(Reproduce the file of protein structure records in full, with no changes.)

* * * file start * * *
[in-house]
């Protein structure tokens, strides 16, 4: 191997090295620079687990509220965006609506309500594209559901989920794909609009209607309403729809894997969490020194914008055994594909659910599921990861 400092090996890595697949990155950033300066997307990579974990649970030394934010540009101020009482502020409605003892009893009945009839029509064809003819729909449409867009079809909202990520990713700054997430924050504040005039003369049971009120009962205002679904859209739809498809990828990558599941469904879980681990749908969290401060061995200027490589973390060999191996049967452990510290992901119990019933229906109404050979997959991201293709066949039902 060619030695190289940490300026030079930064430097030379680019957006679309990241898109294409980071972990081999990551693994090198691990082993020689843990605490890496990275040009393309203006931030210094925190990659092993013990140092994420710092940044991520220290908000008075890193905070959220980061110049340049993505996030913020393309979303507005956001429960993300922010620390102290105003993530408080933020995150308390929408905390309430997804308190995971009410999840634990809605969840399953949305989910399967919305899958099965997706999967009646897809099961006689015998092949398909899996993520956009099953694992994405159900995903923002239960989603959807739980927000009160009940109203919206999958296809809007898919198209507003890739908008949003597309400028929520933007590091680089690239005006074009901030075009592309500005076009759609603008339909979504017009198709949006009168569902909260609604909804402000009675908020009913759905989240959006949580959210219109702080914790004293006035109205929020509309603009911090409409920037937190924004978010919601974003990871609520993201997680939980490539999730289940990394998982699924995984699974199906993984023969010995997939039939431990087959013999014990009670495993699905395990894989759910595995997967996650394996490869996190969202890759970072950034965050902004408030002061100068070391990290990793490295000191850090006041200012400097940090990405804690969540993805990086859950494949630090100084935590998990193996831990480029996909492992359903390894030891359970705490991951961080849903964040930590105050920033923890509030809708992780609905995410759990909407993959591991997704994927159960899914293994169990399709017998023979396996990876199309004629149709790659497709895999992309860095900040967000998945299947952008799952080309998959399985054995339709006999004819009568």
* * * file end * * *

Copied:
[in-house]
């Protein structure tokens, strides 16, 4: 191997090295620079687990509220965006609506309500594209559901989920794909609009209607309403729809894997969490020194914008055994594909659910599921990861 400092090996890595697949990155950033300066997307990579974990649970030394934010540009101020009482502020409605003892009893009945009839029509064809003819729909449409867009079809909202990520990713700054997430924050504040005039003369049971009120009962205002679904859209739809498809990828990558599941469904879980681990749908969290401060061995200027490589973390060999191996049967452990510290992901119990019933229906109404050979997959991201293709066949039902 060619030695190289940490300026030079930064430097030379680019957006679309990241898109294409980071972990081999990551693994090198691990082993020689843990605490890496990275040009393309203006931030210094925190990659092993013990140092994420710092940044991520220290908000008075890193905070959220980061110049340049993505996030913020393309979303507005956001429960993300922010620390102290105003993530408080933020995150308390929408905390309430997804308190995971009410999840634990809605969840399953949305989910399967919305899958099965997706999967009646897809099961006689015998092949398909899996993520956009099953694992994405159900995903923002239960989603959807739980927000009160009940109203919206999958296809809007898919198209507003890739908008949003597309400028929520933007590091680089690239005006074009901030075009592309500005076009759609603008339909979504017009198709949006009168569902909260609604909804402000009675908020009913759905989240959006949580959210219109702080914790004293006035109205929020509309603009911090409409920037937190924004978010919601974003990871609520993201997680939980490539999730289940990394998982699924995984699974199906993984023969010995997939039939431990087959013999014990009670495993699905395990894989759910595995997967996650394996490869996190969202890759970072950034965050902004408030002061100068070391990290990793490295000191850090006041200012400097940090990405804690969540993805990086859950494949630090100084935590998990193996831990480029996909492992359903390894030891359970705490991951961080849903964040930590105050920033923890509030809708992780609905995410759990909407993959591991997704994927159960899914293994169990399709017998023979396996990876199309004629149709790659497709895999992309860095900040967000998945299947952008799952080309998959399985054995339709006999004819009568």